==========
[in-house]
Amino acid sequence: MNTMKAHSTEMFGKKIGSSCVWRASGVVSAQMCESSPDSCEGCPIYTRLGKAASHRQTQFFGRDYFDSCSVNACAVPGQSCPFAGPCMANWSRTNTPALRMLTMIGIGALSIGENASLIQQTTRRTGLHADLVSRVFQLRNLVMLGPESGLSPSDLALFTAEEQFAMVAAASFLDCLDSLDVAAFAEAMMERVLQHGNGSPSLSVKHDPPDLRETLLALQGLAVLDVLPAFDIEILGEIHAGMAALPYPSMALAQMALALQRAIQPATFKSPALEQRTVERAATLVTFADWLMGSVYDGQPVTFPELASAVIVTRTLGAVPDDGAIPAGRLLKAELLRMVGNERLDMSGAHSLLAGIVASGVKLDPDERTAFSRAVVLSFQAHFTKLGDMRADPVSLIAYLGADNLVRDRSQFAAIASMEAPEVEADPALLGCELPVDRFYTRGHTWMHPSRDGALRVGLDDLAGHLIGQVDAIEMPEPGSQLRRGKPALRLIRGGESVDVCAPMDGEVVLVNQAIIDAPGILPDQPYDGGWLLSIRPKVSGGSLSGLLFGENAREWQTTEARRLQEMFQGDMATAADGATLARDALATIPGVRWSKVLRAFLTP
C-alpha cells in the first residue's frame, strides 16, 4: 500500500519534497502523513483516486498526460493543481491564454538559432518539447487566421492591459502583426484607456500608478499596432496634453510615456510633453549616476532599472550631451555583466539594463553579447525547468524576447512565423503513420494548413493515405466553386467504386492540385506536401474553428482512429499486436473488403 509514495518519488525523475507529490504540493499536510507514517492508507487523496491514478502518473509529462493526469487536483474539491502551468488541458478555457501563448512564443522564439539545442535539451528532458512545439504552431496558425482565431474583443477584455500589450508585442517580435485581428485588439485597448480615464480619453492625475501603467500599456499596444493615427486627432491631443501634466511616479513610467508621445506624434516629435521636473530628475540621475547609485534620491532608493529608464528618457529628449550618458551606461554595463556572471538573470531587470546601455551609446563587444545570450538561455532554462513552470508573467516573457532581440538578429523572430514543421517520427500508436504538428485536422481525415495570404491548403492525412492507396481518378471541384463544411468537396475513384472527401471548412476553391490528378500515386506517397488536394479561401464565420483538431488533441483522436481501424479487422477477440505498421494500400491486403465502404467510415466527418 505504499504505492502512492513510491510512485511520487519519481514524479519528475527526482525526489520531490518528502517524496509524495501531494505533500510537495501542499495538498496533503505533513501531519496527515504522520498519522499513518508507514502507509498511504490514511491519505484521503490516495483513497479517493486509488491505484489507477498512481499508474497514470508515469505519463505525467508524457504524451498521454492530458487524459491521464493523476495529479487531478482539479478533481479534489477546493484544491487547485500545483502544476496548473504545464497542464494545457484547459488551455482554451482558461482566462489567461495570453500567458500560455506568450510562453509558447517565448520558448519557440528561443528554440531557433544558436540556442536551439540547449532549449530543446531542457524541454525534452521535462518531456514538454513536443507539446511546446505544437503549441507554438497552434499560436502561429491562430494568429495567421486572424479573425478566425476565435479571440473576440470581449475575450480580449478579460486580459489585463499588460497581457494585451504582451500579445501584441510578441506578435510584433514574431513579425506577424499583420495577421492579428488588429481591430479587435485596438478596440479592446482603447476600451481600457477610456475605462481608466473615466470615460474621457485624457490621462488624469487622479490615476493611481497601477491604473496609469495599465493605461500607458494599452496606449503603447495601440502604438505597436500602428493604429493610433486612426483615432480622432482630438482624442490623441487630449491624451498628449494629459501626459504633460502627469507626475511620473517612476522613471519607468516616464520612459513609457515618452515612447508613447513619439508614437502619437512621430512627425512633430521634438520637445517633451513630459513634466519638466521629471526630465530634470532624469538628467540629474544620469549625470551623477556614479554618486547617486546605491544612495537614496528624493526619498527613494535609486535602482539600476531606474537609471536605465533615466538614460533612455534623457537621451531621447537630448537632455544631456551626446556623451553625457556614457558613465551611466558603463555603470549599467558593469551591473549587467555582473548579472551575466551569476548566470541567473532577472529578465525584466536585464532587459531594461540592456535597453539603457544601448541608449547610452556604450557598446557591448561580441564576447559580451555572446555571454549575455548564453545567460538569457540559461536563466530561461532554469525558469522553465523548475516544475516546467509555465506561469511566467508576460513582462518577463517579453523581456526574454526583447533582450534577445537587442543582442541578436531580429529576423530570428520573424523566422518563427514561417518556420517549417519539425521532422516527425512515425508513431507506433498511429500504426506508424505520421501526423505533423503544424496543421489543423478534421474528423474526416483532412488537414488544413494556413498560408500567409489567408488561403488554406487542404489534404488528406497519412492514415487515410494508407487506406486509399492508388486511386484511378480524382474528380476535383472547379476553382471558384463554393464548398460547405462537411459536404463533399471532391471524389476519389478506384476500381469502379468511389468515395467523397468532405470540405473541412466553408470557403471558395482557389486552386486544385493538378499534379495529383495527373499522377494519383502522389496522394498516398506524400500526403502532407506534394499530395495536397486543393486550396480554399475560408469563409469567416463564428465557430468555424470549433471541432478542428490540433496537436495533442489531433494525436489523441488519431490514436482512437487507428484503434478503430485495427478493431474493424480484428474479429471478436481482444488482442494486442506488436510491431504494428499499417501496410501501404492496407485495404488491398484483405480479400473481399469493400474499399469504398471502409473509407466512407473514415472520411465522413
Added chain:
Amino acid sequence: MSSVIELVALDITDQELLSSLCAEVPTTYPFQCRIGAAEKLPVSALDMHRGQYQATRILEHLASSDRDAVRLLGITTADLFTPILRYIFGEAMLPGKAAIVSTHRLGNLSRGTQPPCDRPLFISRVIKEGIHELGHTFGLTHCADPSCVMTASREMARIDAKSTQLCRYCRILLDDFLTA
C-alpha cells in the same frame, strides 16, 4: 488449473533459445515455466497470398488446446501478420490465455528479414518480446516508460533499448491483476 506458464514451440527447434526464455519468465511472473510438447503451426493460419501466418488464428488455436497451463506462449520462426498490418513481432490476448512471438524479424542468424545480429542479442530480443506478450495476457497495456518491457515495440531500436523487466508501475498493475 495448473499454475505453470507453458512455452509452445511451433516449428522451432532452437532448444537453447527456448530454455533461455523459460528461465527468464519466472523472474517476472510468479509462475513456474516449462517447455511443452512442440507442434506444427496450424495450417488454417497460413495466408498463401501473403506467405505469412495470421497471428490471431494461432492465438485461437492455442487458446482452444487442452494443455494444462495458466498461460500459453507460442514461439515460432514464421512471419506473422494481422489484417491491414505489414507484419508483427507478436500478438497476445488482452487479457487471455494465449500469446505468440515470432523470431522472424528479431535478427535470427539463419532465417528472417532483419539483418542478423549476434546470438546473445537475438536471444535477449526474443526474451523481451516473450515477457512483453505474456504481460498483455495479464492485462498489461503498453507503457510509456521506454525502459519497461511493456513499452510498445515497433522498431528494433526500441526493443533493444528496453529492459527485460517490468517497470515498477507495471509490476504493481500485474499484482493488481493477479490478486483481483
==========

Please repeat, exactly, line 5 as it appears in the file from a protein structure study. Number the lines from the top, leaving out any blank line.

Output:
Amino acid sequence: MSSVIELVALDITDQELLSSLCAEVPTTYPFQCRIGAAEKLPVSALDMHRGQYQATRILEHLASSDRDAVRLLGITTADLFTPILRYIFGEAMLPGKAAIVSTHRLGNLSRGTQPPCDRPLFISRVIKEGIHELGHTFGLTHCADPSCVMTASREMARIDAKSTQLCRYCRILLDDFLTA